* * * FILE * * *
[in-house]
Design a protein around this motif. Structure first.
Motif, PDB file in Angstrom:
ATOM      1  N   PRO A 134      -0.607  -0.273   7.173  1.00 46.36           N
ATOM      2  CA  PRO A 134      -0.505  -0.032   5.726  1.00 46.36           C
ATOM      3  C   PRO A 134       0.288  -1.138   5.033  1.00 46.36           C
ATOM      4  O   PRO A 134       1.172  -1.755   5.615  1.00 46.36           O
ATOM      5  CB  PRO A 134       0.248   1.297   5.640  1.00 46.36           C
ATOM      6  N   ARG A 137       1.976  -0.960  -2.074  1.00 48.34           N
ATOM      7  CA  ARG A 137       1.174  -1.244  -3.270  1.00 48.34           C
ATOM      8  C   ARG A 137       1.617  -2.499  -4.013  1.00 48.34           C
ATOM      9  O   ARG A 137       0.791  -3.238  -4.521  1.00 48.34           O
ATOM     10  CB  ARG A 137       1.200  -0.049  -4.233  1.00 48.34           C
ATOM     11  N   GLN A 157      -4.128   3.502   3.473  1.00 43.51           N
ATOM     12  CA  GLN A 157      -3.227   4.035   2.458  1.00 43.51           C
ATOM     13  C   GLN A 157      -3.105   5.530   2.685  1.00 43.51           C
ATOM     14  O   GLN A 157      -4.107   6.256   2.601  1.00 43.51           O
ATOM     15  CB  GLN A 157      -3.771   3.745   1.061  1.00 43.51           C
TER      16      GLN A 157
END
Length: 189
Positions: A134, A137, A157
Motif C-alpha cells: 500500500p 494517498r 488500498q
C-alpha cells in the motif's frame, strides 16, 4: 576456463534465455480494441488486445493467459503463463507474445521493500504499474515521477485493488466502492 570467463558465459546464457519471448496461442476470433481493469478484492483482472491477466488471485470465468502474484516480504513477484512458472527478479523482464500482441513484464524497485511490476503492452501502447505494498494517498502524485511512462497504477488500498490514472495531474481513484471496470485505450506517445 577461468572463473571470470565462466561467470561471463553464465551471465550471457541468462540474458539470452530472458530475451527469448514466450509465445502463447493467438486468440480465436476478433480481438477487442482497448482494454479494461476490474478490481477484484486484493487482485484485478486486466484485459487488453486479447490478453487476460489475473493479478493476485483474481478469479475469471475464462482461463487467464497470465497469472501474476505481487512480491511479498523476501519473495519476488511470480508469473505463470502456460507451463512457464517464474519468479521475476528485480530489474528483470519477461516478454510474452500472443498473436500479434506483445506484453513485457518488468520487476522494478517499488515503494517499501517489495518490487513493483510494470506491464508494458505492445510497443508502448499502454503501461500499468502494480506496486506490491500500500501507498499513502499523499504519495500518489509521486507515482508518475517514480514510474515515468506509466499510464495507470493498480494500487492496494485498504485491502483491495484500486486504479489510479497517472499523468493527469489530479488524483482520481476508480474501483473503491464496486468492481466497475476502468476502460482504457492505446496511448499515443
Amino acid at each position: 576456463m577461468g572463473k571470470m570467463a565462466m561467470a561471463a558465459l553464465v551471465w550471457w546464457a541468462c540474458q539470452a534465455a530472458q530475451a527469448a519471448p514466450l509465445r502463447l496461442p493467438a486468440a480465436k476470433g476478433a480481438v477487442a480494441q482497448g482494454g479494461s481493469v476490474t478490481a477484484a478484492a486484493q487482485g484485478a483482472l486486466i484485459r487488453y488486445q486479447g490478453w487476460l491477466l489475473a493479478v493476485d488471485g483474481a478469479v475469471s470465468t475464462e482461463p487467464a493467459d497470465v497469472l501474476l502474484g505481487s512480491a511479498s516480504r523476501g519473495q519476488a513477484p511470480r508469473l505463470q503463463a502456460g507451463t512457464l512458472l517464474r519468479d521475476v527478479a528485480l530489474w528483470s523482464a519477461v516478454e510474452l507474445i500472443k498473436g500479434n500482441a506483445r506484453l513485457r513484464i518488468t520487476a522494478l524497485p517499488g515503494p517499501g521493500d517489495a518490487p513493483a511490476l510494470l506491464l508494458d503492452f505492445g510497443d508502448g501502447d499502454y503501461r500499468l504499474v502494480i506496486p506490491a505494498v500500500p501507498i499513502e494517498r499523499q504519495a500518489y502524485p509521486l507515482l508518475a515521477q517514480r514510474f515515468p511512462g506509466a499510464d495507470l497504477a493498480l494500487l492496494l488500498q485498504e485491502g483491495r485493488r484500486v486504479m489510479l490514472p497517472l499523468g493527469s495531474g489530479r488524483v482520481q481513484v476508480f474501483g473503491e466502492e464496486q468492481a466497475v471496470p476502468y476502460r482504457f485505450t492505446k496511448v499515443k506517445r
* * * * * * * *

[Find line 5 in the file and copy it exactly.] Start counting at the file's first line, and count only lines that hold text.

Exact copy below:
ATOM      2  CA  PRO A 134      -0.505  -0.032   5.726  1.00 46.36           C